since the radiator is the same, regardless of the feed method.)

You can add another set of legs parallel to the first set, but it will require some care
to get a consistent pattern across multiple bands.  Because the two antennas are
fed in parallel, the relative currents in the two wires will depend on the impedances,
which will vary from band to band.  You want most of your current to flow in the
shorter wire on the higher bands, so you need a wire that has a significantly lower
impedance than the other wire.  You might get by with something like 1/4 wave
wires for 12m (making a 12m dipole), which might work for both 10m and 15m, but
I'd have to model it to see the plot of impedance vs. frequency.

Depending on what combination of bands you want on the added wire, is isn't

Posts: 477

« Reply #3 on: April 11, 2013, 05:21:25 AM »

You are right, the higher you go in frequency the more lobes/nulls you can have.  And the radiation can change from broadside to end-fire.  But, at the height you have the antenna you are not going to have much 'directionality' at all, certainly not on the lower HF bands.  Above 20 meters maybe, but even still those 'lobes'/'nulls' aren't going to be very pronounced.  For them to become very directional at all most horizontal antennas have to be something like 1/2 to a full wave length above ground/dirt.  Your antenna will probably have a more omni-directional pattern than anything.
 - Paul

Posts: 4310


« Reply #4 on: April 11, 2013, 06:27:17 AM »

The 102' dipole is non-resonant on most HF bands which means that a resonant fan dipole element on those bands will accept most of the RF signal and radiate it mostly broadside. However, the 102' dipole is resonant at 1.5WL on 20m so a parallel 1/2WL dipole will only absorb a little over half of the RF energy. The result on 20m would probably be six medium energy lobes with nulls in between, i.e. maybe not a good idea for 20m unless that radiation pattern is desirable.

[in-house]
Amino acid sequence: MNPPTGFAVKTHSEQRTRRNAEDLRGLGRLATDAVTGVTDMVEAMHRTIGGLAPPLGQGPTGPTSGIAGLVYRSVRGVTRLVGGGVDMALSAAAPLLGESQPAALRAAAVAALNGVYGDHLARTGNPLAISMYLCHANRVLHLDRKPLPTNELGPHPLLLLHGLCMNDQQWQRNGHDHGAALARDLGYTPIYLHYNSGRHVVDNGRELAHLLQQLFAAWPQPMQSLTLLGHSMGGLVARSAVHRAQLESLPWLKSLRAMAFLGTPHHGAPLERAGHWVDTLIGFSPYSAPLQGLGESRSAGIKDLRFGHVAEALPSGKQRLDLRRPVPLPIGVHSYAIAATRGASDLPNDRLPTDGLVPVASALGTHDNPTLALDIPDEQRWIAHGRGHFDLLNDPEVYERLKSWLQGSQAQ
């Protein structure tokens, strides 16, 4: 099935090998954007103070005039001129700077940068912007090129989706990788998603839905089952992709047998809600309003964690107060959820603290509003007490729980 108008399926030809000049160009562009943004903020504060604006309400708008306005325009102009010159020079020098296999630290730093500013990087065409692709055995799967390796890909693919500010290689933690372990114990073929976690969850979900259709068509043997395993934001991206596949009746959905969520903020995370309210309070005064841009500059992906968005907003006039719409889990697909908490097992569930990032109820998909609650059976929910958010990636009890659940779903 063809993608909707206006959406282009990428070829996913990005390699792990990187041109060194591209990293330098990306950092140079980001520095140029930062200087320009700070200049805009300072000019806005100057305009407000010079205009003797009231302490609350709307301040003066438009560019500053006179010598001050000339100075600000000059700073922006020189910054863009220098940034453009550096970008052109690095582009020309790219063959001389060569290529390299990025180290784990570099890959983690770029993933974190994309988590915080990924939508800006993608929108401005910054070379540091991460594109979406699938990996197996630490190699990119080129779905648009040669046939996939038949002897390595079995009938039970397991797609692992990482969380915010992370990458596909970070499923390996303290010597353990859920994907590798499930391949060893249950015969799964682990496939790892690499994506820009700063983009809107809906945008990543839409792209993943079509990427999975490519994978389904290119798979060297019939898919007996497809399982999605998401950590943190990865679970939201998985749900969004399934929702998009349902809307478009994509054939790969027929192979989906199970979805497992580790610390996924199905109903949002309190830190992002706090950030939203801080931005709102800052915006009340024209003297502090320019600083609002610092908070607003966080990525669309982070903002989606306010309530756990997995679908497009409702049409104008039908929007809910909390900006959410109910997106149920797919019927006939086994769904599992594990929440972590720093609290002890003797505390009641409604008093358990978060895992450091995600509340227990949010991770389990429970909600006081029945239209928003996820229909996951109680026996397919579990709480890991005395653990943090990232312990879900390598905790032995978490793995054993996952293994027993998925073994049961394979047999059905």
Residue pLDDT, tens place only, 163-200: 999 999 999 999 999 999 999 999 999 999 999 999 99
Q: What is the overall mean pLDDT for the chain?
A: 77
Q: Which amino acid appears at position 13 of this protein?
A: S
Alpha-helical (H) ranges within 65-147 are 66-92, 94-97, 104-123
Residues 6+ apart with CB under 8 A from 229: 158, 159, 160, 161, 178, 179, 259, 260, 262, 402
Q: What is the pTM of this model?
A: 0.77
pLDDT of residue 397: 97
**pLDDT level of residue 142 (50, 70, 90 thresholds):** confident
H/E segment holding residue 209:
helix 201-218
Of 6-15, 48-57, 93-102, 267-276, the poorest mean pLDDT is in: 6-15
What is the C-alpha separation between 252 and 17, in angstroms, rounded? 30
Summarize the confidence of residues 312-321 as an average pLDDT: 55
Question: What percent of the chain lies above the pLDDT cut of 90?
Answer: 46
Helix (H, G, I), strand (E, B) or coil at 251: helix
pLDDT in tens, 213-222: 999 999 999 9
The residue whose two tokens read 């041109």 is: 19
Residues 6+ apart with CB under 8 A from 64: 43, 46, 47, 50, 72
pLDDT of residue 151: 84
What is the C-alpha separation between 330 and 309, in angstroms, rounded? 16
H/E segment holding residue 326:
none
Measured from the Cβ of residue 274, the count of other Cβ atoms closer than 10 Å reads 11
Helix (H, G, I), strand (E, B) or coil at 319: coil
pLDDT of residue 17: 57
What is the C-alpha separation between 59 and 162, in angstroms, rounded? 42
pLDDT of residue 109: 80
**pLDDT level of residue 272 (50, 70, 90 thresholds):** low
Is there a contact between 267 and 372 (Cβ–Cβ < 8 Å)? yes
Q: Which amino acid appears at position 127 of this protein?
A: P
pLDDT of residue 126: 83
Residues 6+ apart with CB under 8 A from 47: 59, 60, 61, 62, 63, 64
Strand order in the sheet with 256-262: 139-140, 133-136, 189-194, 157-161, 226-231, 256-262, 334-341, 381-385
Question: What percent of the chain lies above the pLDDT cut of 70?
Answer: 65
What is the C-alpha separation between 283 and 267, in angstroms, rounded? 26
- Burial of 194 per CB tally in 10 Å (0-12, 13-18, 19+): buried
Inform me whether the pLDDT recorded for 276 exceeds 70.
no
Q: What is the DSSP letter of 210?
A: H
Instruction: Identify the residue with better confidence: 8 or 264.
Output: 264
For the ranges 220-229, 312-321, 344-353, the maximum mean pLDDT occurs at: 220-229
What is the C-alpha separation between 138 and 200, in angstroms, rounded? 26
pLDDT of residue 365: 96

73, Cecil,

Posts: 2439

« Reply #5 on: April 11, 2013, 06:54:13 AM »

How directional the antenna is depends on the elevation angle.  If you only look at 90 degrees elevation, NO antenna is directional.  A 102 ft dipole at 25 ft height and at 15 degrees elevation should have a MAXIMUM ratio of lobes to nulls of about the following:

80 - 3.5 dB
75 - 4.5 dB
40 - 12.5 dB
20 - 18 dB
15 - 27 dB
10 - 37 dB

As PA1ZP said, other things effect the nulls.  Surrounding objects, drooping wires, antenna asymmetry, common mode currents. etc all tend to fill in the nulls.  If you account for those things in the model, then the model will show the results.  In the real world it is highly unlikely that you will ever see that 37 dB ratio on 10 meters or the 27 dB on 15 meters, but what you will see will be a large difference.

 Jerry, K4SAV

Posts: 11

« Reply #6 on: April 11, 2013, 06:53:51 PM »

Thanks for the input everyone!

It was something that was bouncing around my head and I was debating on trying it, but in the end it sounds like it won't really get me much more bang for the buck at that height...